We’re obviously dealing with the smallest of sample sizes at this extremely early stage of things, but through the first four games of the season, the Lakers have the worst defense in the league, and it’s not even close.
L.A. is giving up 120.2 points per 100 possessions, and the next closest team in that category (Utah) is almost nine full points better.
Byron Scott knows the defense must improve if his team is to win even a handful of games, and he believes it starts with his bigs — Carlos Boozer, specifically.
“He knows he can play better and I expect him to play better,” Lakers coach Byron Scott said Monday at the Lakers’ practice in El Segundo. “It starts on the defensive end. He has to do a better job against pick-and-roll defense and has to do a better job on guys who are trying to post him up.”
Boozer’s defensive miscues marked a primary reason why he sat out for most of the fourth quarters last season in Chicago. After the Bulls waived the 12-year NBA veteran this offseason through the amnesty clause, the Lakers acquired Boozer through a $3.2 million bid. …
“I told our bigs they have to do better job of being up,” Scott said. “When they’re back, which to me is a soft defense, guards are turning a corner and have a chance to attack our bigs.”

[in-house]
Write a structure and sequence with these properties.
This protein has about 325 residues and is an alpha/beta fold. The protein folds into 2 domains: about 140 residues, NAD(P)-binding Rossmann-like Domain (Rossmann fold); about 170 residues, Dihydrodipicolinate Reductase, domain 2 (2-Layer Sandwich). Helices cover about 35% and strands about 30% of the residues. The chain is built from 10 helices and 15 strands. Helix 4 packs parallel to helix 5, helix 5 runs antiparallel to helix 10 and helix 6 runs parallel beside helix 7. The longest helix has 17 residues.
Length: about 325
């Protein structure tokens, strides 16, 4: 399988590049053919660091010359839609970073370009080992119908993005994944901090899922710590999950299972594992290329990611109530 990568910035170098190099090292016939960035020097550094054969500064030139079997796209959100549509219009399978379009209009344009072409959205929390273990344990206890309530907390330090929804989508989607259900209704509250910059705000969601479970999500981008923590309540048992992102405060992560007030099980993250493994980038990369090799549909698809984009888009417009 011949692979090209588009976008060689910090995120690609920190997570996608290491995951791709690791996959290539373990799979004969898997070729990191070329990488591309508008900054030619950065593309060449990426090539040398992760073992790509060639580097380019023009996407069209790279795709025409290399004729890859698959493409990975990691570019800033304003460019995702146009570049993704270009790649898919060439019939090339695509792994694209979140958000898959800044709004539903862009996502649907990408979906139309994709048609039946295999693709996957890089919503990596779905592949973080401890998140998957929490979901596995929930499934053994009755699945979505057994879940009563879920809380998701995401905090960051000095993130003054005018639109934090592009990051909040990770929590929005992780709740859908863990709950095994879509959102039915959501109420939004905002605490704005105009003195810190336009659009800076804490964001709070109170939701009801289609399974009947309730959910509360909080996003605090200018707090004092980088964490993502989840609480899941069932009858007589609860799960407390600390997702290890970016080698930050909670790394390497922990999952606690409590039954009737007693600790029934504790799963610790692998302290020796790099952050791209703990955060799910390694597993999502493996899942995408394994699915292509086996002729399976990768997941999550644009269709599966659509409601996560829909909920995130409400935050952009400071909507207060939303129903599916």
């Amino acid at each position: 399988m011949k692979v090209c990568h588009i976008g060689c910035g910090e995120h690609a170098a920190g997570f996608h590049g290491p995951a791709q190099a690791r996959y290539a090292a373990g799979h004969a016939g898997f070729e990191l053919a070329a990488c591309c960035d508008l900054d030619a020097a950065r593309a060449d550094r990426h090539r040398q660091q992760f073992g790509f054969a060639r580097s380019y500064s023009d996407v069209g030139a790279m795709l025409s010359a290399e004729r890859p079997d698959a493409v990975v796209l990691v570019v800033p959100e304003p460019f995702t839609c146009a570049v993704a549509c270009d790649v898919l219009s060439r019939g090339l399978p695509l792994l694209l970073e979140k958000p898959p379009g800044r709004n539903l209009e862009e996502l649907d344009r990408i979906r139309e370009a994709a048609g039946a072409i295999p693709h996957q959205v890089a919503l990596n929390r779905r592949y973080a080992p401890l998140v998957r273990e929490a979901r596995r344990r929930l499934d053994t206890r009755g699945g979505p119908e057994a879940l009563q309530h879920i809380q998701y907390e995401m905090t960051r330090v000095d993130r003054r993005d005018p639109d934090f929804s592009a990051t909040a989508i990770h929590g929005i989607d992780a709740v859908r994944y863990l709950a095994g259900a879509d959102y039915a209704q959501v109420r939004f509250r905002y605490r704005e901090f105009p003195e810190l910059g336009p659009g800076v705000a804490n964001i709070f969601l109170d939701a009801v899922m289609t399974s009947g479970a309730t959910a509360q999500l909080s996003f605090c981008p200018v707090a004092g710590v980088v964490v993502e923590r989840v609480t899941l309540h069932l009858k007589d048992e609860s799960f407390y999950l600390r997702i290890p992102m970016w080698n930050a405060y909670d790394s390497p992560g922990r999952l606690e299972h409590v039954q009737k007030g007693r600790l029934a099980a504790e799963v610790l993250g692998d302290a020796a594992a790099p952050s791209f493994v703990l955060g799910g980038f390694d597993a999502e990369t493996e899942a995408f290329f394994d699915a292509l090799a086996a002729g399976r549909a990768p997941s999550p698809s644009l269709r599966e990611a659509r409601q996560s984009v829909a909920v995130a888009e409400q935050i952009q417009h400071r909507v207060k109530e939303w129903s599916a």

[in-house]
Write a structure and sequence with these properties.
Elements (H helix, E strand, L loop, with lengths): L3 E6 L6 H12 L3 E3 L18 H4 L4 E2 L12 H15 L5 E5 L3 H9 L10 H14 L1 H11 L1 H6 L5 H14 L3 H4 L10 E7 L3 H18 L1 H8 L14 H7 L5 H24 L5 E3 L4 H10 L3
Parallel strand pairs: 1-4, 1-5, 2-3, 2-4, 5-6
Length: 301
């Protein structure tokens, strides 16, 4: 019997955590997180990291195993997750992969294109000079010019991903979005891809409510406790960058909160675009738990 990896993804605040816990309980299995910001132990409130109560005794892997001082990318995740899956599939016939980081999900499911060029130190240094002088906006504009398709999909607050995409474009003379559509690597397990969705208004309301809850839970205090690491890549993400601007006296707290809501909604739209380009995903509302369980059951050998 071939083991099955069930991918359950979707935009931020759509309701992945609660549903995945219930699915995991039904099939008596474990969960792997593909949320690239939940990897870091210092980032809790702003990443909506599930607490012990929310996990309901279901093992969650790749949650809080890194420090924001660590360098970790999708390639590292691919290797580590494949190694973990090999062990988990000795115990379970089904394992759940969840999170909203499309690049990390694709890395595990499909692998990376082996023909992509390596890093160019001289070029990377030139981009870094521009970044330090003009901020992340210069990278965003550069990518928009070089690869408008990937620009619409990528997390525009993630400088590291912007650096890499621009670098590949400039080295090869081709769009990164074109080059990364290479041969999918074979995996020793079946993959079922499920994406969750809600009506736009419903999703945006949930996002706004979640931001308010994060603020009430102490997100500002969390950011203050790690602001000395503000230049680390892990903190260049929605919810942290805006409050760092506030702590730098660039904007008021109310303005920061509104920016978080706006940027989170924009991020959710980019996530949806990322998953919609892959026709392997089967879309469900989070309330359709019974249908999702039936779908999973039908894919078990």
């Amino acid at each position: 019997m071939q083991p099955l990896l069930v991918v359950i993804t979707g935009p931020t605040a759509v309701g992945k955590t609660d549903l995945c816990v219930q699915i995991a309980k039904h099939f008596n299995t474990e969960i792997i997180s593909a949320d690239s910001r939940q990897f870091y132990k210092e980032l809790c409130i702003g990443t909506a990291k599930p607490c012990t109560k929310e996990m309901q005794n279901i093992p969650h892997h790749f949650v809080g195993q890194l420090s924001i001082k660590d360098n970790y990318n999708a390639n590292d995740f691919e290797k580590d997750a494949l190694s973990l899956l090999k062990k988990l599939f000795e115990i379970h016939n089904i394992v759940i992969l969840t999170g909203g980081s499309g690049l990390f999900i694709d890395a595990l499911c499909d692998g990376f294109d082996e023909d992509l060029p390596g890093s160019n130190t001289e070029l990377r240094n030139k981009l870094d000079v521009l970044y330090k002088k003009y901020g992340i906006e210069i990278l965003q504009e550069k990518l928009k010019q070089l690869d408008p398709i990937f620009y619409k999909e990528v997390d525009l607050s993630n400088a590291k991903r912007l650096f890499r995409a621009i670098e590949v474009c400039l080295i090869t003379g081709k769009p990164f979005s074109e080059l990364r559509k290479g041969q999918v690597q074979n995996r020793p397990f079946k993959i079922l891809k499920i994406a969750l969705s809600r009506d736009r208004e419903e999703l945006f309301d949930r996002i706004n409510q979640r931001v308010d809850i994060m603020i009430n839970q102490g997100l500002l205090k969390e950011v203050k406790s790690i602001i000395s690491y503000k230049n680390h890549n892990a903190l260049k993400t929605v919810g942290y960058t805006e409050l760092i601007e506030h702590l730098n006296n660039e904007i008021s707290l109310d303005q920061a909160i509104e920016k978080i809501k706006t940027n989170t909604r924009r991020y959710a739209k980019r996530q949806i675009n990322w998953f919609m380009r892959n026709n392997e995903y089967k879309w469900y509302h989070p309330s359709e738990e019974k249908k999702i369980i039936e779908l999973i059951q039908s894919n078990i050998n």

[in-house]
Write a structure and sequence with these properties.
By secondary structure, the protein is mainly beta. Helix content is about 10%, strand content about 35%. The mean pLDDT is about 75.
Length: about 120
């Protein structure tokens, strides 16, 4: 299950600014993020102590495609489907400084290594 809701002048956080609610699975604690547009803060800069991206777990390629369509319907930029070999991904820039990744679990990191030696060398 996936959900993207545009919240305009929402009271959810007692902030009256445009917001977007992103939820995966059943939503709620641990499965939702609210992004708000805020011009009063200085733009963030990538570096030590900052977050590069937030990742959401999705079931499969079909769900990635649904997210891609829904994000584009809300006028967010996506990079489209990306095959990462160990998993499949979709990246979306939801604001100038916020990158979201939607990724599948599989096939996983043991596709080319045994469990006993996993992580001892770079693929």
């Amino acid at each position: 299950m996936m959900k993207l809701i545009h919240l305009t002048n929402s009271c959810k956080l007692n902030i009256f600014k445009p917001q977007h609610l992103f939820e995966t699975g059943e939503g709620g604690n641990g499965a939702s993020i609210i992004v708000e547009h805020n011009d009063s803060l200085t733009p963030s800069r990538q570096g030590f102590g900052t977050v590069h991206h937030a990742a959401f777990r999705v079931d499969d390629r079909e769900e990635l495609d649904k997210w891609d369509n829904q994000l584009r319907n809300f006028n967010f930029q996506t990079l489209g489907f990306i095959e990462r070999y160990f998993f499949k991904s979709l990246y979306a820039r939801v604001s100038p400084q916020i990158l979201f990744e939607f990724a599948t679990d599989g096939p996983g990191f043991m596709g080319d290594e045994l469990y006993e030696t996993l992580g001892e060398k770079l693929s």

Scott was hired for his reputation of being a defensive-minded coach, even though the numbers don’t really back up that assertion; his defenses during his stint in Cleveland were among the worst in history.
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As far as Boozer is concerned, defense has never been his strong suit, and while (again) it’s early in the season, his net rating is at a minus 30 due to his team giving up 126.8 points per 100 possessions while he’s been in the lineup. That means there’s plenty of room to get better, and any improvement would be a welcome sight for this woeful Lakers squad.